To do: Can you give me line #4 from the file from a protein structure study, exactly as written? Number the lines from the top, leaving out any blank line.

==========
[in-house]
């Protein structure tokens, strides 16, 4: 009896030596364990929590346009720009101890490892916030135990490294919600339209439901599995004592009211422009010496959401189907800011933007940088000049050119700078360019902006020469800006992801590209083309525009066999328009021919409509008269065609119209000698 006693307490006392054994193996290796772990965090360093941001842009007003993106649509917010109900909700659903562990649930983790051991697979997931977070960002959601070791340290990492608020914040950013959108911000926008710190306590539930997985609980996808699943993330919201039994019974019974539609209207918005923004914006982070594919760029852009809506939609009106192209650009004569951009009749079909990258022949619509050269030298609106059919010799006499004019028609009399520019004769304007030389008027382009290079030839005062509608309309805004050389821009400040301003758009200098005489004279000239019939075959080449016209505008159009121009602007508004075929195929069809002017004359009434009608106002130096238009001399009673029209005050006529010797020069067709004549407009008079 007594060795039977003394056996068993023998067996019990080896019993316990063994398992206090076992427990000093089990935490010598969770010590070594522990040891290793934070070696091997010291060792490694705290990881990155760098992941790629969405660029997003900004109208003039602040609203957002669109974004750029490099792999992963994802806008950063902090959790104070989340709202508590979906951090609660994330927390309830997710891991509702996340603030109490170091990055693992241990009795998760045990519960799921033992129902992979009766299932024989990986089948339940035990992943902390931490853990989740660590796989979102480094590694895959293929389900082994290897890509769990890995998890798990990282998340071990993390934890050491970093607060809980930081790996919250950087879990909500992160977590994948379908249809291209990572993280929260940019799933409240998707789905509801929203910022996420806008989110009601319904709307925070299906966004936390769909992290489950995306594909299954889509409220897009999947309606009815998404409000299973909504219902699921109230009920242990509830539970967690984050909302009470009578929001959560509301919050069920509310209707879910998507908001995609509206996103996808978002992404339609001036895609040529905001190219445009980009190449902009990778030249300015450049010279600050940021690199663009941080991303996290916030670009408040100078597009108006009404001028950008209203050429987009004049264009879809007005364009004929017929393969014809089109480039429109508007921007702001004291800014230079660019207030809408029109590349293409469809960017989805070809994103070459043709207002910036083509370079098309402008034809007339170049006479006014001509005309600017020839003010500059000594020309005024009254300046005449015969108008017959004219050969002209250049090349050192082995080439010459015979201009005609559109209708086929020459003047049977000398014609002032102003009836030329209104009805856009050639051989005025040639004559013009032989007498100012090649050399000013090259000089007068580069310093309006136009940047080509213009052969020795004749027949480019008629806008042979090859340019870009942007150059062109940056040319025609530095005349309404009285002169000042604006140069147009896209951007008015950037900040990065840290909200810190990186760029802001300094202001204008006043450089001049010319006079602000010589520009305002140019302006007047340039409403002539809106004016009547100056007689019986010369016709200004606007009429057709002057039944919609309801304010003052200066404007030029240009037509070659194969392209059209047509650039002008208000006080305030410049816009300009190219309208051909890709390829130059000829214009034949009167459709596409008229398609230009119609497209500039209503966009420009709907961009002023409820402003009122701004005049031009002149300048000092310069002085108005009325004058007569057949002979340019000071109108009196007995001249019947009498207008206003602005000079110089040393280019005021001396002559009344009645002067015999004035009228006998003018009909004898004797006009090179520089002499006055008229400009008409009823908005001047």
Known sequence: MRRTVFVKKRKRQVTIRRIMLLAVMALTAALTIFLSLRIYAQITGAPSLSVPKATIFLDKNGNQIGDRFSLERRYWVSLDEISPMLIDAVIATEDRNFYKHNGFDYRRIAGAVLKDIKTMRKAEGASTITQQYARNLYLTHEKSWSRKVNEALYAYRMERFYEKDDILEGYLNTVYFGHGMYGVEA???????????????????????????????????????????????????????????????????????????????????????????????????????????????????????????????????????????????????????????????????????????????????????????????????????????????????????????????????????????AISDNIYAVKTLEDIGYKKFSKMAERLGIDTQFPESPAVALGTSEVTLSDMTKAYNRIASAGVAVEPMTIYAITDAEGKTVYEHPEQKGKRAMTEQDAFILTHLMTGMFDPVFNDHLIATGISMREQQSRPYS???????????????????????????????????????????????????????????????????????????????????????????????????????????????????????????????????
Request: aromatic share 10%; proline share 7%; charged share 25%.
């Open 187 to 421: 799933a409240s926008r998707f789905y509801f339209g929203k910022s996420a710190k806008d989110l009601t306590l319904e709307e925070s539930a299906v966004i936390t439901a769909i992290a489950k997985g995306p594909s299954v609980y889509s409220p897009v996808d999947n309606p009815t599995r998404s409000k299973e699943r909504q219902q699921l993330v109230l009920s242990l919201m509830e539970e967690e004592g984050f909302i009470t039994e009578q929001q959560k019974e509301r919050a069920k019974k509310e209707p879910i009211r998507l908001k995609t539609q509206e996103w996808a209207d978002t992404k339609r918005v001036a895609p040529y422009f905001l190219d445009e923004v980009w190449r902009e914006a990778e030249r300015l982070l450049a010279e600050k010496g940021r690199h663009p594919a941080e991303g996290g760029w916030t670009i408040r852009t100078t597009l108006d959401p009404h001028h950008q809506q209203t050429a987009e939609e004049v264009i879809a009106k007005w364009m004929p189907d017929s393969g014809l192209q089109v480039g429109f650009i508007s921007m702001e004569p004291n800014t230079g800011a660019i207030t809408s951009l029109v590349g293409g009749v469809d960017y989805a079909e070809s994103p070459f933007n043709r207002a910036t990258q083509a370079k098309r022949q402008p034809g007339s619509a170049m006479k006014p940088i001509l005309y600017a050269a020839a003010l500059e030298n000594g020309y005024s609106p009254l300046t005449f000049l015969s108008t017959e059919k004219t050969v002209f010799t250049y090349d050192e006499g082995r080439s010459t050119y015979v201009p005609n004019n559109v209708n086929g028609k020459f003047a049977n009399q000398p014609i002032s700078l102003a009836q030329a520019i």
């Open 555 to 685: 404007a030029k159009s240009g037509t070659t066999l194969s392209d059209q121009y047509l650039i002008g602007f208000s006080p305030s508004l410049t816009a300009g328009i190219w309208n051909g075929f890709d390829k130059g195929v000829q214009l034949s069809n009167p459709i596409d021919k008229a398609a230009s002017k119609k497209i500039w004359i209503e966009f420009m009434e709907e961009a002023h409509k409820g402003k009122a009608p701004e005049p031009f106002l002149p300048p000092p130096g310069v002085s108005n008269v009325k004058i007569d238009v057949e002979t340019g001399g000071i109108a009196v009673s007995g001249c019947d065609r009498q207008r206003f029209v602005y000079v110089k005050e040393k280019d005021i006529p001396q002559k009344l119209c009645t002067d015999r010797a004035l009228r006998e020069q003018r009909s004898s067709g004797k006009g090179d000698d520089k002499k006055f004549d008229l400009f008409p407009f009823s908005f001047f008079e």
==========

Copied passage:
Request: aromatic share 10%; proline share 7%; charged share 25%.